Interview: Crooner – Heaven in a Hurry (Album)

Crooner is an Erie, Pa-based nostalgia-pop band featuring independent musicians Brian Kinney, Teddy Rankin, and Aaron Mook, alongside Will Kinney and Travis Mook. The collective formed in 2019 with the goal of creating songs that could stand the test of time without being tied down to any singular genre, something they achieved with their eclectic and scrappy debut, We’re Gonna Live Forever.

Hi Crooner, how are you today?

Aaron Mook: We’re doing well. We’ve been getting back to hanging out without having an album to work on, aside from promoting it. Thank you for doing this.  

Brian Kinney: Yeah, we’re excited and anxious for people to hear the album.

For those that haven’t heard of you yet, how would you best describe your sound and who have been your biggest influences so far?

BK: I would describe it as moody, driving, and nostalgic. My biggest influences for this album were artists like Kevin Devine, Bright Eyes, Khruangbin, and The Dear Hunter.

Teddy Rankin: And Hovvdy, we really like what they’re doing by blending simple acoustic arrangements with electronic flourishes. Between the last album and this one? Our sound is like…desert rock and 80s pop mixed with emo and folk rock.

AM: I recently started using the term “nostalgia-pop” to try and differentiate us from other indie-rock or indie-pop bands. Because of the musical backgrounds we come from, there’s a lot of melody and throwback to bands we listened to in high school, but through this weird filter of the artists we listen to now. And honestly, while we don’t sound anything like BROCKHAMPTON, I would say they were a major influence on this project in the sense that they were a collective of members coming from different musical backgrounds and trying to create something fresh and exciting. That approach, along with the idea that we all get to share the spotlight in terms of songwriting and singing, has been a huge part of the way we operate.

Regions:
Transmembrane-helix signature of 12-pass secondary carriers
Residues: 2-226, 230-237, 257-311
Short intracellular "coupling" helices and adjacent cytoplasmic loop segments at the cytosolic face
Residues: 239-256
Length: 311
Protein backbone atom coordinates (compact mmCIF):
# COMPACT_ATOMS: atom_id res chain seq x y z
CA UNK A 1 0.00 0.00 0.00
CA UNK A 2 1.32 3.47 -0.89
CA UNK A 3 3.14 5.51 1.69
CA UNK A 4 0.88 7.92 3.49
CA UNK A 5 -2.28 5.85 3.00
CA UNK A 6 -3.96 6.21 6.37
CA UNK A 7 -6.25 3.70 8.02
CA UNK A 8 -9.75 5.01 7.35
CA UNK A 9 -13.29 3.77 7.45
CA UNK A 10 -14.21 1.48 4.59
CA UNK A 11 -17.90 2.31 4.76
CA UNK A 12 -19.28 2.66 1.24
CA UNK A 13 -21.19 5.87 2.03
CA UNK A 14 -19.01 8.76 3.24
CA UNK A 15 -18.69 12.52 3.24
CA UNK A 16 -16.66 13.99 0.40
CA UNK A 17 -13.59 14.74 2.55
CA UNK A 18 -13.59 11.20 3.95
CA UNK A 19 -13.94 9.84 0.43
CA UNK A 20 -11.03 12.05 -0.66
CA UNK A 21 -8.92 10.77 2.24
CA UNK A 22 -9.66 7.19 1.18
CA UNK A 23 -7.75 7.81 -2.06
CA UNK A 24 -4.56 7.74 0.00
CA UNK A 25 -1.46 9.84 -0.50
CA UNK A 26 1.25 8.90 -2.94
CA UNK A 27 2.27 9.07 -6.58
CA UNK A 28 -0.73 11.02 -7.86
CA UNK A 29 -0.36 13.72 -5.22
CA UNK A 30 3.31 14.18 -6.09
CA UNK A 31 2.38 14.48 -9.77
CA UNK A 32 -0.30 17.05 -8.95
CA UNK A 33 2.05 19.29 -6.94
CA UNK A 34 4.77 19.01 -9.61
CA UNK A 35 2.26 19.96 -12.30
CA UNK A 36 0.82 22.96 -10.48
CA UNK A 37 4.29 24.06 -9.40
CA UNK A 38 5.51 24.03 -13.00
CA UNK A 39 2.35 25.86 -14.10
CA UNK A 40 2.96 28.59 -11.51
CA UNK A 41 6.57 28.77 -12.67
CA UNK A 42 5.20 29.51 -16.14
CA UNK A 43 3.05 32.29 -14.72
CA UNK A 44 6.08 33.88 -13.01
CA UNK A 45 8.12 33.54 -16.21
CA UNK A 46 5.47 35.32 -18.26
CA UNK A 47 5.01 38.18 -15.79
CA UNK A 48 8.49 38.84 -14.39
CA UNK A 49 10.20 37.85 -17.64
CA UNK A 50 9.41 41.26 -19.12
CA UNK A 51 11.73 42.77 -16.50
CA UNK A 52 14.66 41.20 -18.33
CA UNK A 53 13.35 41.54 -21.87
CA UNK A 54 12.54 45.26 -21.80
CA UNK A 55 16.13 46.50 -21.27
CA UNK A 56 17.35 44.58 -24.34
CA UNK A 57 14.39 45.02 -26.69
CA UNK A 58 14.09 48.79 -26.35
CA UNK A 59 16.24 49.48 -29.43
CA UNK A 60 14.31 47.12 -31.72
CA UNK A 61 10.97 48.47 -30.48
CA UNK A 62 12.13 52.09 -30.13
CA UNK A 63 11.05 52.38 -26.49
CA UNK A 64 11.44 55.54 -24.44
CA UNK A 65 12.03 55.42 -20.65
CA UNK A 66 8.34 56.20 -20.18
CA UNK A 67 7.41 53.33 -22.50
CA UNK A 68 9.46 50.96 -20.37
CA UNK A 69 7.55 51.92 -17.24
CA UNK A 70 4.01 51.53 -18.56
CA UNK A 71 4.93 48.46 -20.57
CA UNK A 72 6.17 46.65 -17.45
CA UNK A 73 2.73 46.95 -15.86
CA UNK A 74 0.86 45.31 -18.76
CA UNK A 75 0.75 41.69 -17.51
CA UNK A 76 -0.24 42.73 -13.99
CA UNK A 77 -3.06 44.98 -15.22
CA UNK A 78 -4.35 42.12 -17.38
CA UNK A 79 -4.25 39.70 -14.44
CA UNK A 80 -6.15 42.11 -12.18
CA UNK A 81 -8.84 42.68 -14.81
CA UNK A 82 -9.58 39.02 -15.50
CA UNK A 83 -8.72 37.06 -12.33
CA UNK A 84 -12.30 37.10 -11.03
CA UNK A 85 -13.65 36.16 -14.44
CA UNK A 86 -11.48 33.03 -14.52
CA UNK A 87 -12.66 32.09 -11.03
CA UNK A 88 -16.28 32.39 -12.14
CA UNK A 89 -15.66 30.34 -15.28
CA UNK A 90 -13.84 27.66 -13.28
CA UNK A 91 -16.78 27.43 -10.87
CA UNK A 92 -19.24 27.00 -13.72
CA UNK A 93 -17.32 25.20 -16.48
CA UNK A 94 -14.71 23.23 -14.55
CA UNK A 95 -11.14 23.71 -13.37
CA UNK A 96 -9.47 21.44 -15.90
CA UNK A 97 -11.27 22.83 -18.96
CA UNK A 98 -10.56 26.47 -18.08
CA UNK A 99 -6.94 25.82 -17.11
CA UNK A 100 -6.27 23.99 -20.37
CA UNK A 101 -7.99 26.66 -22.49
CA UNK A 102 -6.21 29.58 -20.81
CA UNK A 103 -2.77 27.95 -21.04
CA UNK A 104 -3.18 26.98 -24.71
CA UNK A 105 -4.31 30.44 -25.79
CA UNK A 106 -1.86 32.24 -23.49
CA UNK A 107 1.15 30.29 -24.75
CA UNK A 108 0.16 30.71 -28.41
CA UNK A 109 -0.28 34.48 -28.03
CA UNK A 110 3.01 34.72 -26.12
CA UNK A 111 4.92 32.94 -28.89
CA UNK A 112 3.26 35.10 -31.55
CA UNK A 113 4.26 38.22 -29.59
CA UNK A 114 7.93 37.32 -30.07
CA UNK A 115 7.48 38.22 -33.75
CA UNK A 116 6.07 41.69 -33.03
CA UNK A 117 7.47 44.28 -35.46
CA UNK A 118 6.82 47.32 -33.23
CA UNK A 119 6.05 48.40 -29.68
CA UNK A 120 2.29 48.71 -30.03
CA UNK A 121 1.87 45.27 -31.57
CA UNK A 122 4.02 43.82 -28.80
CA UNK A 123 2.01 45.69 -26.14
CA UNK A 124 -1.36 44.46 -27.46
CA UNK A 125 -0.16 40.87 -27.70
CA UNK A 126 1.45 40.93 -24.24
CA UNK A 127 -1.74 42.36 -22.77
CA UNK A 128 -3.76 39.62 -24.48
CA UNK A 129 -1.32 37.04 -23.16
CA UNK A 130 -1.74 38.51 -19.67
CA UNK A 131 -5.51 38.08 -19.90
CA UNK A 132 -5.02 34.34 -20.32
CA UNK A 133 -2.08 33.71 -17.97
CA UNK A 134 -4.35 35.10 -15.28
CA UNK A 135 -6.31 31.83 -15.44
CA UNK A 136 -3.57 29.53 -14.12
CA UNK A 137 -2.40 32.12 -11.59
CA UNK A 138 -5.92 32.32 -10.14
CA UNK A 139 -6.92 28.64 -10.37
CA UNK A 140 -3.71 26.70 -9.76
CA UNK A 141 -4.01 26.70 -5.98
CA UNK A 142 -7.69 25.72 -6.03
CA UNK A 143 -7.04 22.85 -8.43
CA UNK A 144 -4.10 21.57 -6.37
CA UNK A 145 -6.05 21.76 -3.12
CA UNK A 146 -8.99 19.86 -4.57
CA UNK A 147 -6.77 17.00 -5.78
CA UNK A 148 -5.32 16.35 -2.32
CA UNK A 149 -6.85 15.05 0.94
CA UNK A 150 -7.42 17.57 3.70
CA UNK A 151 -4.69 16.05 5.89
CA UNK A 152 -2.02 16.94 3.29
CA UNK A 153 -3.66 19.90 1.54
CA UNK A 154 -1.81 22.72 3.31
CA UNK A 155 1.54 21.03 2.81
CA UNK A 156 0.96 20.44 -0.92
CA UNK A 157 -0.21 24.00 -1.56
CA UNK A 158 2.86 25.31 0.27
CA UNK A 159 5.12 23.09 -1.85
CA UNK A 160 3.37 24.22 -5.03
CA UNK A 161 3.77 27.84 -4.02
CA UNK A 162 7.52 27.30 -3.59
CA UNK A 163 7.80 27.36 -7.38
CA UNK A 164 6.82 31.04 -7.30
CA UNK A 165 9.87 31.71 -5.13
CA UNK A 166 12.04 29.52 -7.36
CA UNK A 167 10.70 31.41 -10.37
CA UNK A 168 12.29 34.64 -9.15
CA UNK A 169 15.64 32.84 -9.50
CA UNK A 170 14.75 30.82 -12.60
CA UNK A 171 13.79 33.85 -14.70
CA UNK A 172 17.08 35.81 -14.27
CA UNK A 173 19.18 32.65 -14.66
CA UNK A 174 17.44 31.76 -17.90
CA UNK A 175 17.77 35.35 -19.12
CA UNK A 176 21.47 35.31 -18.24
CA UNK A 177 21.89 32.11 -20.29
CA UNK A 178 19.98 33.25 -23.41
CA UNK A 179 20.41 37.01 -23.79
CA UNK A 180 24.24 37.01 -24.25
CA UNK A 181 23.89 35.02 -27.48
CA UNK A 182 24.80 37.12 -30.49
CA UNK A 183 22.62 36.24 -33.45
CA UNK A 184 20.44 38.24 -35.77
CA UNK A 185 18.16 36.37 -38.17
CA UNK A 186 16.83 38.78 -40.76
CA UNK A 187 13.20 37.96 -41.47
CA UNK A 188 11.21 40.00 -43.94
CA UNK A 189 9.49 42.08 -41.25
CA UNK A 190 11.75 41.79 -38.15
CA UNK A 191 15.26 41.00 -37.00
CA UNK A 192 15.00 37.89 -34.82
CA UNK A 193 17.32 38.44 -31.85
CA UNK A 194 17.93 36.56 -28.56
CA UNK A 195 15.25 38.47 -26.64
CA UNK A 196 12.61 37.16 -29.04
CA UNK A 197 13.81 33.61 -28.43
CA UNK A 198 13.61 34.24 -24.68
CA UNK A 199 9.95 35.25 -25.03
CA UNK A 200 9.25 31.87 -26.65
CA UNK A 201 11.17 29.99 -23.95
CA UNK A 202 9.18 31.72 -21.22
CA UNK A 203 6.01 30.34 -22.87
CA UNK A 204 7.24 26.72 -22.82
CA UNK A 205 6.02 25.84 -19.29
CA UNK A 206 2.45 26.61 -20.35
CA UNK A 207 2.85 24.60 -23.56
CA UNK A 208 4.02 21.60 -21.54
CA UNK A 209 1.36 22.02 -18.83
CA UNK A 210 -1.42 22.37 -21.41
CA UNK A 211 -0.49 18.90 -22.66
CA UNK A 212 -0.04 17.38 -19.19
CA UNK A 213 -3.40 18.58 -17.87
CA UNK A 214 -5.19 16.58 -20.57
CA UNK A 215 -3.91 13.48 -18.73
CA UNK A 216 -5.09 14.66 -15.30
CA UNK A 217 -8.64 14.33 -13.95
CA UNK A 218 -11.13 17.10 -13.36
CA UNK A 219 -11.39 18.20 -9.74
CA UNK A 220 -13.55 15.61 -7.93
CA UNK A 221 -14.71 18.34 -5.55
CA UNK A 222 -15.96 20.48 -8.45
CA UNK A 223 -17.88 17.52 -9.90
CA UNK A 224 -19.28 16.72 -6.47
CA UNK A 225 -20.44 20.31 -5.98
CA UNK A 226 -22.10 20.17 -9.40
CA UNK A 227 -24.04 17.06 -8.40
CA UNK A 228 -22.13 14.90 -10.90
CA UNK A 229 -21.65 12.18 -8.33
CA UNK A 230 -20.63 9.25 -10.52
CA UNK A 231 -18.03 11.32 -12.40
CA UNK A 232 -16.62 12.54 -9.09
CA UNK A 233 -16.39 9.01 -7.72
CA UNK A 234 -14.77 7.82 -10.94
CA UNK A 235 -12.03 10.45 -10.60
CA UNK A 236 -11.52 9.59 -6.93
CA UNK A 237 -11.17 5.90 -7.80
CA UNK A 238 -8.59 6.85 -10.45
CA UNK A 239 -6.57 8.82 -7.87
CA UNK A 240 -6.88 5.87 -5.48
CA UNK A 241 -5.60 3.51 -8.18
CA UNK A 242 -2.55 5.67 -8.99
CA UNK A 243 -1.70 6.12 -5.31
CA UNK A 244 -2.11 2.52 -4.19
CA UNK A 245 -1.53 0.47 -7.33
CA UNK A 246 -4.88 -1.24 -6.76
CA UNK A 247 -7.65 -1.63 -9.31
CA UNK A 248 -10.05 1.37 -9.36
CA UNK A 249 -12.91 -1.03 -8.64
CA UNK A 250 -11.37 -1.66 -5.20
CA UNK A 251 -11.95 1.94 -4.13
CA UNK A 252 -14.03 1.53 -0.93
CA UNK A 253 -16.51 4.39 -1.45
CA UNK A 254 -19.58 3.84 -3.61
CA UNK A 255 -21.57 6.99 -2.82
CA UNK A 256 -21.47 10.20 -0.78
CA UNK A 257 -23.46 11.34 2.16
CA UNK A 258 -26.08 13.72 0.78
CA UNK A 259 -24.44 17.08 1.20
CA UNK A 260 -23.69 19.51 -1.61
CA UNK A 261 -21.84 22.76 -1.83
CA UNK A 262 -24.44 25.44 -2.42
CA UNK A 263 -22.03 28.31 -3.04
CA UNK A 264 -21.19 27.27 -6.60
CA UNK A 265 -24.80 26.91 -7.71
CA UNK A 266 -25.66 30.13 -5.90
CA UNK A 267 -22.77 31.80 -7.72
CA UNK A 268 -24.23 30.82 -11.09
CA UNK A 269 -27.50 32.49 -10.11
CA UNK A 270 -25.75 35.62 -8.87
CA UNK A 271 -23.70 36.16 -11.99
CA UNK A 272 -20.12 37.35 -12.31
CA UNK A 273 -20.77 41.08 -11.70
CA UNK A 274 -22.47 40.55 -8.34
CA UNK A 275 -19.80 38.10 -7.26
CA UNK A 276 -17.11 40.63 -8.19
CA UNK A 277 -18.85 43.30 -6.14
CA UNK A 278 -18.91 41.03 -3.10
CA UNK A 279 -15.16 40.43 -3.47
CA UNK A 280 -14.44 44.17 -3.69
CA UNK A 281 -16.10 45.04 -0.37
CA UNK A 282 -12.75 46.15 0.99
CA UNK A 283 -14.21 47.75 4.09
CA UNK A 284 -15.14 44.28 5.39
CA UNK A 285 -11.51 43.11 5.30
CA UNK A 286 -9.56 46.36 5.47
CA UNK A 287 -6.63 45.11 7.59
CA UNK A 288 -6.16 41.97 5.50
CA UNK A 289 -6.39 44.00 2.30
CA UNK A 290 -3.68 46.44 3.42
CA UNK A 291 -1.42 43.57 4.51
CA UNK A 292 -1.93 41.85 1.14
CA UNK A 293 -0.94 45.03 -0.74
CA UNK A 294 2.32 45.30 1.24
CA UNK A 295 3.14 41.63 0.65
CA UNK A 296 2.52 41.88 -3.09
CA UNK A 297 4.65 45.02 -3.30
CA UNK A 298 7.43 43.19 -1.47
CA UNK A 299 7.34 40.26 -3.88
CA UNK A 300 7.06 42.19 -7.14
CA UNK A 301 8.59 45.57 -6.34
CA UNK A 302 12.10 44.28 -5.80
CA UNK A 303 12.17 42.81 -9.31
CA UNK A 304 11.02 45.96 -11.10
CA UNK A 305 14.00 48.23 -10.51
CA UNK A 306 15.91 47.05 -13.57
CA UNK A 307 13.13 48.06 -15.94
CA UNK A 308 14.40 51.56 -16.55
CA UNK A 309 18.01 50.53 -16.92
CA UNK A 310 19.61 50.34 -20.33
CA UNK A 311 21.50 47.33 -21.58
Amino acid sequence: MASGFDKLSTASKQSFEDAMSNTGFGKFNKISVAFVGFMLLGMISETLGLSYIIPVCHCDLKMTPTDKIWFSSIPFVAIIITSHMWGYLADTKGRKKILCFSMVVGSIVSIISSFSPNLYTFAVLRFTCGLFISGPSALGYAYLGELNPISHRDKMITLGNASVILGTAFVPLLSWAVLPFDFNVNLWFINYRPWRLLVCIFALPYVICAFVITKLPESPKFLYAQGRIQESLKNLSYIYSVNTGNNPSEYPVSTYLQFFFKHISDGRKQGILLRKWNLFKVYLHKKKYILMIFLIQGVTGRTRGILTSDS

Do you remember what the first song was that made you want to start a career in music?
AM: Sheesh…I’m thinking back to my first band and it had to be some emo song by some band that is probably cancelled now. In fact, I know exactly which band it was, but since it’s the first song I remember covering, let’s just say it was “Anyone Else But You” by The Moldy Peaches. Shout-out to Juno and Elliot Page.

BK: I played guitar and sang in high school, but I didn’t think I actually wanted to record my songs until I saw videos of this rap duo from Chicago called The Palmer Squares. They’d make these awesome single-shot music videos that I’d watch with my brothers. That was the inspiration to start making beats and recording with a drum machine I was given.

TR: “Poison Oak” by Bright Eyes. I remember crying when I heard it live and thinking music had the power to make me feel something deeper than other forms of expression.

And what other artists have you found yourself listening to lately?

AM: Lately? Well I’m always listening to Alex G, I’m excited for that new record, but I guess I would say the new Greet Death EP is probably my favorite release of the year. I just got into that Black Country, New Roads record from this year, along with the one before it. And besides those…the normal amount of MF DOOM.

BK: Idles, Porches, Molchat Doma, and Japanese Breakfast are some bands I’m loving at the moment. They all make me want to try creating different styles of music in the future.

You have just released your new Album ‘Heaven in a Hurry’. Can you tell us how that album came about? Is there a story behind it?